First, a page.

ciao,enjoy,
Tony
Ps if anyone else has interesting comments on Dante or beautiful classical or opera music, please let me know,
ta ta,
T

Vide Cor Meum

He saw Beatrice Portinari across a chapel and he loved her at that instant and for the rest of his life. But then had a disturbing dream - Joyous Love seemed to me, the while he held my heart in his hands, and in his arms, My lady lay asleep wrapped in a veil - He woke her then, and trembling and obedient, she ate that burning heart out of his hand. Weeping, I saw him then depart from me. He saw her eat his heart!

Do you believe a man could become so obsessed with a woman from a single encounter? Could he daily feel a stab of hunger for her? Find nourishment in the very sight of her? I think so. But would she see through the bars of his plight, and ache for him?

Vide Cor Meum

Italian/Latin

Chorus: E pensando di lei
Mi sopragiunse uno soave sonno

Ego dominus tuus
Vide cor tuum
E d'sto core ardendo
Cor tuum
(Chorus: Lei paventosa)
Umilmente pascea
Appreso gir lo ne vedea piangendo

La letizia si convertia
In amarissimo pianto

Io sono in pace
Cor meum
Io sono in pace
Vide cor meum
English

Chorus: And thinking of her
Sweet sleep overcame me

I am your master
Behold your heart
And of this burning heart
Your heart
(Chorus: She trembling)
Obediently eats
Weeping, I saw him then depart from me

Joy is converted
To bitterest tears

I am in peace
My heart
I am in peace
Here's my Heart

The opera is based on Dante Alighieri's La Vita Nuova (The New Life). Specifically it is based on the sonnet "A ciascun'alma presa", in chapter 3 of the Vita Nuova. Vide Cor Meum is by Patrick Cassidy, produced by Patrick Cassidy and Hans Zimmer; in the movie Hannibal the singers are Danielle de Niese and Bruno Lazzaretti who play respectively Dante and Beatrice.

As Dante tells it, he met and fell in love with a woman he called Beatrice at the age of nine. Beatrice at the time was eight. He frequented places where he could catch a glimpse of her, but she never spoke to him until nine years later. In the sonnet Vita Nuova that Vide Cor Meum refers to, nine years have past since his first encounter with Beatrice. She appears to him, dressed in white and accompanied by two older women, Beatrice turned to Dante and greeted him. Her greeting filled him with such bliss that he retreats to his room to think about her. The English translation is below:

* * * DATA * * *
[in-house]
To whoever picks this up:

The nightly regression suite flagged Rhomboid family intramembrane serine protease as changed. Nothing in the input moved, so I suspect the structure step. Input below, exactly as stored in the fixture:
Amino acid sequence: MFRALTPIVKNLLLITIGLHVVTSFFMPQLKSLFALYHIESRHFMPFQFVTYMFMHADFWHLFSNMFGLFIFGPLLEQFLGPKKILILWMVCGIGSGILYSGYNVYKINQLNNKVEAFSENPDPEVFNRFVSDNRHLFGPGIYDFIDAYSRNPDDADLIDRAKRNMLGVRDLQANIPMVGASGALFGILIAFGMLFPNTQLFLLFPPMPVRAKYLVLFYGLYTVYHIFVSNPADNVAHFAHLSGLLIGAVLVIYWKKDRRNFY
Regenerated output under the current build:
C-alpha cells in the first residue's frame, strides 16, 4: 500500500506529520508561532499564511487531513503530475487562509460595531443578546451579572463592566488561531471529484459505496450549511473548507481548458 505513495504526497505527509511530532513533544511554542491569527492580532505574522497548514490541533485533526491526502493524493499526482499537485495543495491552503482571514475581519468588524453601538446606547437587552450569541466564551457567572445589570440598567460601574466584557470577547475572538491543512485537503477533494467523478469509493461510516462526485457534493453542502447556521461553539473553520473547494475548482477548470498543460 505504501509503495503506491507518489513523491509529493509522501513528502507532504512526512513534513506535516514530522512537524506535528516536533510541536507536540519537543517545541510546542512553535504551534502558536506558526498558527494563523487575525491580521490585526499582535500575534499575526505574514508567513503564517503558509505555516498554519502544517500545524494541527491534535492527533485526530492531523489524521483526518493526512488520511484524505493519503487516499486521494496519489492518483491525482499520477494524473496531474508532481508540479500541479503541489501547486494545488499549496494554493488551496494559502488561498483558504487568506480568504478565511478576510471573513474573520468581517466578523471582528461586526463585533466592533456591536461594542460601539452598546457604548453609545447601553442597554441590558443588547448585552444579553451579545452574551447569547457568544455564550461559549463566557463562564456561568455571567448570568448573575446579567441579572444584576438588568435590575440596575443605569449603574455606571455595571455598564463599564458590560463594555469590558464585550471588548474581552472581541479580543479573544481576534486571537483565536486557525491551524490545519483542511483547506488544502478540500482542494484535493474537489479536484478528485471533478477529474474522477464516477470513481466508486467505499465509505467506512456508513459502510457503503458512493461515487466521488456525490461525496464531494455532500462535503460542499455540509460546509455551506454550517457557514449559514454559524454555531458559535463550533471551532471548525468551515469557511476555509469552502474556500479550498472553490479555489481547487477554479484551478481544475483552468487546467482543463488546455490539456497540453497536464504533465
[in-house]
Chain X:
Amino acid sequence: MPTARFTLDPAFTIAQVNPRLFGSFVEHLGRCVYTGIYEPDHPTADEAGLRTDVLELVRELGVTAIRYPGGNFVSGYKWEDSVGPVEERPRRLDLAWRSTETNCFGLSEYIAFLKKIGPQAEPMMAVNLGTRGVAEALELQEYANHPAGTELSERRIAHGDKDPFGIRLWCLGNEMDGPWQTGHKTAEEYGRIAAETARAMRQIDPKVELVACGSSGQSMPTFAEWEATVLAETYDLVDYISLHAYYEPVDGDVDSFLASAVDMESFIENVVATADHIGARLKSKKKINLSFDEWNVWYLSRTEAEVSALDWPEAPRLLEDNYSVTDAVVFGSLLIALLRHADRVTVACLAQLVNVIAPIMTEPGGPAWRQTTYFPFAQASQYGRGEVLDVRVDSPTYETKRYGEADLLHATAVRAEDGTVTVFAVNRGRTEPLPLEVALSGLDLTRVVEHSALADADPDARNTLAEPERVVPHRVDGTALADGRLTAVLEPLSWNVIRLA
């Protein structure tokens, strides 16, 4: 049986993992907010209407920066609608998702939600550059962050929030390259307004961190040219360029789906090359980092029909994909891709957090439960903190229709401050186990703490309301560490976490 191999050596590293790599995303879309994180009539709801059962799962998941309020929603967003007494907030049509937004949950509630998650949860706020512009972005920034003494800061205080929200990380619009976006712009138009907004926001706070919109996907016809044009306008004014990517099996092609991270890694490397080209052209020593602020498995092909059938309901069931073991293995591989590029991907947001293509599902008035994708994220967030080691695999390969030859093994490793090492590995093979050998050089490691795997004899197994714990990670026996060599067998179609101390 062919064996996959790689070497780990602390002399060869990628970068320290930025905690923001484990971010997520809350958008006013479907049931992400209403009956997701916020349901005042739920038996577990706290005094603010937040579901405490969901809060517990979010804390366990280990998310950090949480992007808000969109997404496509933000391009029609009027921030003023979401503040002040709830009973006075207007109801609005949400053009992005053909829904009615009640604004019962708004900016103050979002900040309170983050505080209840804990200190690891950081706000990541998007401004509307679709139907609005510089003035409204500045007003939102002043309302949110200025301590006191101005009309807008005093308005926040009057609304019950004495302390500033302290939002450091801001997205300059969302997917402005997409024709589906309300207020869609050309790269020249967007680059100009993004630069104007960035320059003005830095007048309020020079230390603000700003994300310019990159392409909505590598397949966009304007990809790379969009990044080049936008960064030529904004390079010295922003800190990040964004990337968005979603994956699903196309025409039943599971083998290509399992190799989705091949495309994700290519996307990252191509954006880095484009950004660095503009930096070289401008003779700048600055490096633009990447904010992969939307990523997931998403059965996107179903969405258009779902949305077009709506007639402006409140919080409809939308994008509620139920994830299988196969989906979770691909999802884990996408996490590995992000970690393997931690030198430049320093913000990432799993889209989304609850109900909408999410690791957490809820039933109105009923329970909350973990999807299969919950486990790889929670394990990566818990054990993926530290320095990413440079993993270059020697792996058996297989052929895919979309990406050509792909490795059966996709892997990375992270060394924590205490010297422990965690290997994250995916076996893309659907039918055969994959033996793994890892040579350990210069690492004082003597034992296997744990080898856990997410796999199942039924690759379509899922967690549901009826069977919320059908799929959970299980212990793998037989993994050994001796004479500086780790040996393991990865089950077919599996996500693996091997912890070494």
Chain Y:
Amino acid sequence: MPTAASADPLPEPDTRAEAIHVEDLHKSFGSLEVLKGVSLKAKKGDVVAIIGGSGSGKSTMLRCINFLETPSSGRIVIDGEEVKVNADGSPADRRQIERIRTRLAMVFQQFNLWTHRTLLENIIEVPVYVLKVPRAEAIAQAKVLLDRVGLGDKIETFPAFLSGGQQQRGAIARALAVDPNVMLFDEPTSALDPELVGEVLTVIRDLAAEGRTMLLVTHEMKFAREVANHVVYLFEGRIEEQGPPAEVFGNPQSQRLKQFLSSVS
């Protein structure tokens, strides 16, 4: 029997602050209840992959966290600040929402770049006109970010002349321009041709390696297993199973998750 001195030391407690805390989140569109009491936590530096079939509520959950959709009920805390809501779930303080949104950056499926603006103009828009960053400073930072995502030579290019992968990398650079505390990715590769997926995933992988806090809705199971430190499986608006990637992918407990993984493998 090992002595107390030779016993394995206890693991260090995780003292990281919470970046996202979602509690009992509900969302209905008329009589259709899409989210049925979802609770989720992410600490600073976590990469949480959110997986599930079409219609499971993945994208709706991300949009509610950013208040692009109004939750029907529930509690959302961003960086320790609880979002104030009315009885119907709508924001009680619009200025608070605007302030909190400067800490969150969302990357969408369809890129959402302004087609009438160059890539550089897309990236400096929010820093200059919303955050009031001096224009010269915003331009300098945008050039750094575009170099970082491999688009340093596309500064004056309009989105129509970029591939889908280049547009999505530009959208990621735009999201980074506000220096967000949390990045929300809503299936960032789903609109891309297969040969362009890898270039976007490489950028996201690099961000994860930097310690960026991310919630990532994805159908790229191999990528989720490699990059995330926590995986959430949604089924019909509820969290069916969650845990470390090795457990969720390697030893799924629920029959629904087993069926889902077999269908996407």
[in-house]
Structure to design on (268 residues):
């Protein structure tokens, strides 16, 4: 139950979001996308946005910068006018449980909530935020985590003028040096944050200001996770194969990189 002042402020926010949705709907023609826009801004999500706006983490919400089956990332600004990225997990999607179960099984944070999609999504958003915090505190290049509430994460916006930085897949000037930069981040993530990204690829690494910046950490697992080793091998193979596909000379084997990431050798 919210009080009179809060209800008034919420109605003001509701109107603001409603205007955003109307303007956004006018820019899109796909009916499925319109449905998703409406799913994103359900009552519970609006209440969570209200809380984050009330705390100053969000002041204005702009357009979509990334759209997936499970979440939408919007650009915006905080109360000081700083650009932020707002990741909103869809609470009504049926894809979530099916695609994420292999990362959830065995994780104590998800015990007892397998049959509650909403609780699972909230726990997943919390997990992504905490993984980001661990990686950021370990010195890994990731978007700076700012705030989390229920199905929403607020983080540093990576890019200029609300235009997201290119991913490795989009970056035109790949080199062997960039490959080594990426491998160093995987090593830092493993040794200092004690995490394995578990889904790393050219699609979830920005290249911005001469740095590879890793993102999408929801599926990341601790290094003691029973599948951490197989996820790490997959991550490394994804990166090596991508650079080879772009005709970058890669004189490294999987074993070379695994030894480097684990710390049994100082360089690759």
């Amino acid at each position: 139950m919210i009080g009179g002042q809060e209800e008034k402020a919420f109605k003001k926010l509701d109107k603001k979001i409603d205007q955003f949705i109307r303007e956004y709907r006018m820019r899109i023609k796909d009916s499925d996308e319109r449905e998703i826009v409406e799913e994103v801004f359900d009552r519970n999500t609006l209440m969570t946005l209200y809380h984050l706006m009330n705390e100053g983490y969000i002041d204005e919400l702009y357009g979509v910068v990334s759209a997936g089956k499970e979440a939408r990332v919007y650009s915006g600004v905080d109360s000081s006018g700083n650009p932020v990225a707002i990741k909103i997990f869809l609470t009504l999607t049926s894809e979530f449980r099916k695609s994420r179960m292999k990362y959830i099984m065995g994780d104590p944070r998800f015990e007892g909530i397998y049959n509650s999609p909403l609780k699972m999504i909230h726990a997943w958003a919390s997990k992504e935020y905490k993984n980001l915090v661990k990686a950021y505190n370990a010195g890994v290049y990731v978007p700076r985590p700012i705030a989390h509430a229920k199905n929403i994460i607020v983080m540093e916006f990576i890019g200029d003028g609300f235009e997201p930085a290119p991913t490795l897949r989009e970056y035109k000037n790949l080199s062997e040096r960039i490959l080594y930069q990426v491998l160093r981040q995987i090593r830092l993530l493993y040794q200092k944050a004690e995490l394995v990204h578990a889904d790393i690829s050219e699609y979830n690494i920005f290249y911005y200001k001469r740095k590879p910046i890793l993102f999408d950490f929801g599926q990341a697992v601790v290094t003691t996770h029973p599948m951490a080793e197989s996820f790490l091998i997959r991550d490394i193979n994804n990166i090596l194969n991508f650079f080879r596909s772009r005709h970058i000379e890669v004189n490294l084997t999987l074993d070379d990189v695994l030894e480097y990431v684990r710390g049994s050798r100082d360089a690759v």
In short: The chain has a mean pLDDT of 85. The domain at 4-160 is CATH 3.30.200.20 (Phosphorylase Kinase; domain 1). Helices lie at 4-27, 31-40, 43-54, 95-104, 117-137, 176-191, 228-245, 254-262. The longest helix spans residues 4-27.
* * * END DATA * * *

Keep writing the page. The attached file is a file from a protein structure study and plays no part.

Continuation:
"When exactly nine years had passed since this gracious being appeared to me, as I have described, it happened that on the last day of this intervening period this marvel appeared before me again, dressed in purest white, walking between two other women of distinguished bearing, both older than herself. As they walked down the street she turned her eyes toward me where I stood in fear and trembling, and with her ineffable courtesy, which is now rewarded in eternal life, she greeted me; and such was the virtue of her greeting that I seemed to experience the height of bliss. It was exactly the ninth hour of day when she gave me her sweet greeting. As this was the first time she had ever spoken to me, I was filled with such joy that, my senses reeling, I had to withdraw from the sight of others. So I returned to the loneliness of my room and began to think about this gracious person." (La Vita Nuova III)

—Translated by Barbara Reynolds © 1969 All Rights Reserved.

And thinking of her he fell asleap and had a marvellous dream. Dante sees a mighty figure which says "Ego dominus tuus" (I'm your Lord). In the figure's arms was Beatrice, covered only in a crimson cloth and sleeping. The figure held something on fire and says "Vide cor tuum" (Here's your heart). The figure awoke Beatrice and made her eat Dante's burning heart. The English translation is below:

"And thinking of her a sweet sleep overcame me, in which a marvellous vision appeared to me: so that it seemed I saw in my room a flame-coloured nebula, in the midst of which I discerned the shape of a lord of fearful aspect to those who gazed on him: and he appeared to me with such joy, so much joy within himself, that it was a miraculous thing: and in his speech he said many things, of which I understood only a few: among them I understood this: ‘Ego dominus tuus: I am your lord.’
It seemed to me he held a figure sleeping in his arms, naked except that it seemed to me to be covered lightly with a crimson cloth: gazing at it very intently I realised it was the lady of the greeting, she who had deigned to greet me before that day. And in one of his hands it seemed to me that he held something completely on fire, and he seemed to say to me these words: ‘Vide cor tuum: Look upon your heart. And when he had stood for a while, he seemed to wake her who slept: and by his art was so forceful that he made her eat the thing that burned in her hand, which she ate hesitantly."